From late elementary school onward, the label "slut" hovers dangerously over girls' every move. Most girls who are called sluts are not even sexually active. The word is used to distinguish "good" girls from "bad," and the definition is constantly shifting. Few girls are let in on the criteria for who gets called a slut in the first place. The insecurity creates an incentive to call out someone else lest you be next.

In 2011, a study by the American Association of University Women found that girls in grades 7-12 were far more likely than boys to experience sexual harassment, including rumors, both in person and online. And Leora Tanenbaum interviewed 50 girls and women for her book, "Slut! Growing Up Female With a Bad Reputation;" all of them told her girls, far more than boys, were at the forefront of the slut rumor mill.

I am not saying that Jane Doe was raped because of girls' silence. Girls may choose not to speak up for many reasons, but it's hard to ignore the power of a culture that pushes them to choose boys over each other and punish other girls to protect their own reputations.

We must talk to girls about their responsibility in situations like this. If we want to prevent another Steubenville, we need to teach children from an early age about gender-based violence. The word "slut" is not just an epithet; it is a word that has given adolescents permission to abandon and hurt each other when a girl needs support most.

Girls must understand not only their moral obligation but their power to be allies to each other at parties and other potentially unsafe spaces for girls. If boys knew that girls banded together to support each other, they would be less inclined to share on social media, much less commit, these horrific acts of sexual violence.

Follow @CNNOpinion on Twitter.

Join us at Facebook/CNNOpinion.

The opinions expressed in this commentary are solely those of Rachel Simmons.

ADVERTISEMENT
Part of complete coverage on
updated 2:12 PM EDT, Fri August 1, 2014
By now it should be painfully obvious that this latest round of the Israeli-Palestinian crisis in Gaza is fundamentally different than its predecessors.
updated 5:24 PM EDT, Fri August 1, 2014
Sally Kohn says like the Occupy Wall Street protesters, Market Basket workers are asking for shared prosperity.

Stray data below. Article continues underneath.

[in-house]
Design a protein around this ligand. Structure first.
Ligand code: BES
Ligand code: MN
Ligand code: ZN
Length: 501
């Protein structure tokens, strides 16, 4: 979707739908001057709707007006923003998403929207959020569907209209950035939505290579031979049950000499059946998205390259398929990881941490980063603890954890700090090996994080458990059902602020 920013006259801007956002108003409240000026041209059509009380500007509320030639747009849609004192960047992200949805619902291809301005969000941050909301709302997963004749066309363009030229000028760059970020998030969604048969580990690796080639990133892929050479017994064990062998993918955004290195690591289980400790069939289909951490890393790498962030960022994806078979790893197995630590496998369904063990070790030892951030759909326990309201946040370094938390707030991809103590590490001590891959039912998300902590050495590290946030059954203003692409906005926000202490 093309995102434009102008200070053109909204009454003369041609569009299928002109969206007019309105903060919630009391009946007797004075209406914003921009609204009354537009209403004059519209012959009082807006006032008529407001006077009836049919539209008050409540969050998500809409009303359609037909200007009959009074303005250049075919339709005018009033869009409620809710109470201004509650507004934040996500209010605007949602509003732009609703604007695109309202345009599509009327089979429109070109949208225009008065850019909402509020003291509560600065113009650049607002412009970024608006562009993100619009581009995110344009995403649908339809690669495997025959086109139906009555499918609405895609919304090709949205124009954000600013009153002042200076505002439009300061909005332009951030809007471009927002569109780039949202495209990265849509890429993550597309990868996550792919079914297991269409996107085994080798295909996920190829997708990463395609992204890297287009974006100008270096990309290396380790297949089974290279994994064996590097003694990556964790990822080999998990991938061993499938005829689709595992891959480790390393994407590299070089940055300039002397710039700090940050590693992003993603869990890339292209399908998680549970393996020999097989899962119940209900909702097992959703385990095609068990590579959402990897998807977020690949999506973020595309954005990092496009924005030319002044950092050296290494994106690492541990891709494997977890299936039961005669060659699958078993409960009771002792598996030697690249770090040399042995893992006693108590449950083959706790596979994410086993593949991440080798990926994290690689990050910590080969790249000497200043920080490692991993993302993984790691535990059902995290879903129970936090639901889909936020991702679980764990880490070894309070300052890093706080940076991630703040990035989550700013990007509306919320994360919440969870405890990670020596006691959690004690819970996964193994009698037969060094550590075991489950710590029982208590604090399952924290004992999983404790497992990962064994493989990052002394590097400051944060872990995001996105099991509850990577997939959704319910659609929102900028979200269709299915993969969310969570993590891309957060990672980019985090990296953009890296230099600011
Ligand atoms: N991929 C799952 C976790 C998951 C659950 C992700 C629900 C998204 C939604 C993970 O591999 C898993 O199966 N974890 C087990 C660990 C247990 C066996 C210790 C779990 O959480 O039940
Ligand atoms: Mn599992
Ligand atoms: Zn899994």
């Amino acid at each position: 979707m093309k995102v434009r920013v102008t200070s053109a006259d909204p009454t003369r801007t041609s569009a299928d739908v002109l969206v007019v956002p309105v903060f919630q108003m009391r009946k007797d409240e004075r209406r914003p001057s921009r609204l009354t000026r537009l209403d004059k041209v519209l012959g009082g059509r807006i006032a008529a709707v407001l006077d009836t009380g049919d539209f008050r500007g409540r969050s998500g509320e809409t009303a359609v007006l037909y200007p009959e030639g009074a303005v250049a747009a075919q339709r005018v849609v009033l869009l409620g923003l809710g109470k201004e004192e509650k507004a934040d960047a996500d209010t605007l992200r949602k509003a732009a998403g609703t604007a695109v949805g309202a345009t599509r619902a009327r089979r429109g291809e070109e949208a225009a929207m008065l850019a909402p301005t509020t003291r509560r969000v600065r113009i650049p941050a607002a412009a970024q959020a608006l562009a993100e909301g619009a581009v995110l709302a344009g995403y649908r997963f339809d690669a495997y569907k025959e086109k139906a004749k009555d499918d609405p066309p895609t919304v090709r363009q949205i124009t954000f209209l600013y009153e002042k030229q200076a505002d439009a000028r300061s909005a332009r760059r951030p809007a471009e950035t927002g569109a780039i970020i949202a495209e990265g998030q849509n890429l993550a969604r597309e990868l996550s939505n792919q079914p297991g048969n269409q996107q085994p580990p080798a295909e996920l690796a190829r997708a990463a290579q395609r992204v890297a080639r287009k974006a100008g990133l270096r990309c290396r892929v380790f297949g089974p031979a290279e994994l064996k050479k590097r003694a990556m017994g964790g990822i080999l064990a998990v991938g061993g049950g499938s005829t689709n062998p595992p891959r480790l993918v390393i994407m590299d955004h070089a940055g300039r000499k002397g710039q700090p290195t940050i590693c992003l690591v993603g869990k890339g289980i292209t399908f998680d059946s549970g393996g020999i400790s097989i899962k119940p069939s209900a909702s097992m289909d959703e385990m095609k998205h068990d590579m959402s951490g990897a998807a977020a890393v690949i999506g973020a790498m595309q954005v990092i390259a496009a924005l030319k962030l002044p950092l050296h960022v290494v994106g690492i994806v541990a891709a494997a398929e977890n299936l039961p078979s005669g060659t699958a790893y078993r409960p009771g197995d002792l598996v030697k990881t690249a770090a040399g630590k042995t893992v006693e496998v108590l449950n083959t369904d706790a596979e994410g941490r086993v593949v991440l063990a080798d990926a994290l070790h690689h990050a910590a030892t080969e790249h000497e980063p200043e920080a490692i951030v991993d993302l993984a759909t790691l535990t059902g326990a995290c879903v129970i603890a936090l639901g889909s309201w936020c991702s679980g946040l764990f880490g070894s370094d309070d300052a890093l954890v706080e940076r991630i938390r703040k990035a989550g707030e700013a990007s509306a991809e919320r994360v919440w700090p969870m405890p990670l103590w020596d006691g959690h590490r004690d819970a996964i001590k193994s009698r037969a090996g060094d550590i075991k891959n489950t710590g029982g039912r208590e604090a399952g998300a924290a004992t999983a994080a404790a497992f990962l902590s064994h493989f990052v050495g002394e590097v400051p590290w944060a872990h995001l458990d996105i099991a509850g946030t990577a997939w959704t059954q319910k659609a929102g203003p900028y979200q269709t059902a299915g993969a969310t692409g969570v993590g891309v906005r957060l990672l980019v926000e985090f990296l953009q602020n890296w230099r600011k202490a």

updated 7:31 PM EDT, Thu July 31, 2014
President Obama will convene an Africa summit Monday at the White House, and Laurie Garrett asks why the largest Ebola epidemic ever recorded is not on the agenda.
updated 2:03 PM EDT, Fri August 1, 2014
Seventy years ago, Anne Frank made her final entry in her diary -- a work, says Francine Prose, that provides a crucial link to history for young people.
updated 7:50 PM EDT, Thu July 31, 2014
Van Jones says "student" debt should be called "education debt" because entire families are paying the cost.
updated 3:41 PM EDT, Wed July 30, 2014
Stuart Gitlow says pot is addictive and those who smoke it can experience long-term psychiatric disease.
updated 7:00 PM EDT, Thu July 31, 2014
Marc Randazza: ESPN commentator fell victim to "PC" police for suggesting something outside accepted narrative.
updated 2:45 PM EDT, Thu July 31, 2014
Mark O'Mara says working parents often end up being arrested after leaving kids alone.
updated 4:31 PM EDT, Wed July 30, 2014
Shanin Specter says we need to strengthen laws that punish auto companies for selling defective cars.
updated 12:45 PM EDT, Wed July 30, 2014
Gabby Giffords and Katie Ray-Jones say "Between 2001 and 2012, more women were shot to death by an intimate partner in our country than the total number of American troops killed in the Iraq and Afghanistan wars combined."
updated 7:58 AM EDT, Wed July 30, 2014
Vijay Das says Medicare is a success story that could provide health care for everybody, not just seniors
updated 1:43 PM EDT, Wed July 30, 2014
S.E. Cupp says the entrepreneur and Dallas Mavericks owner thinks for himself and refuses to be confined to an ideological box.
updated 9:11 AM EDT, Wed July 30, 2014
A Christian group's anger over the trailer for "Black Jesus," an upcoming TV show, seems out of place, Jay Parini says
updated 4:28 PM EDT, Wed July 30, 2014
LZ Granderson says the cyber-standing ovation given to Robyn Lawley, an Australian plus-size model who posted unretouched photos, shows how crazy Americans' notions of beauty have become
updated 3:39 PM EDT, Wed July 30, 2014
Carol Dweck and Rachel Simmons: Girls tend to have a "fixed mindset" but they should have a "growth mindset."
ADVERTISEMENT
ADVERTISEMENT
ADVERTISEMENT
ADVERTISEMENT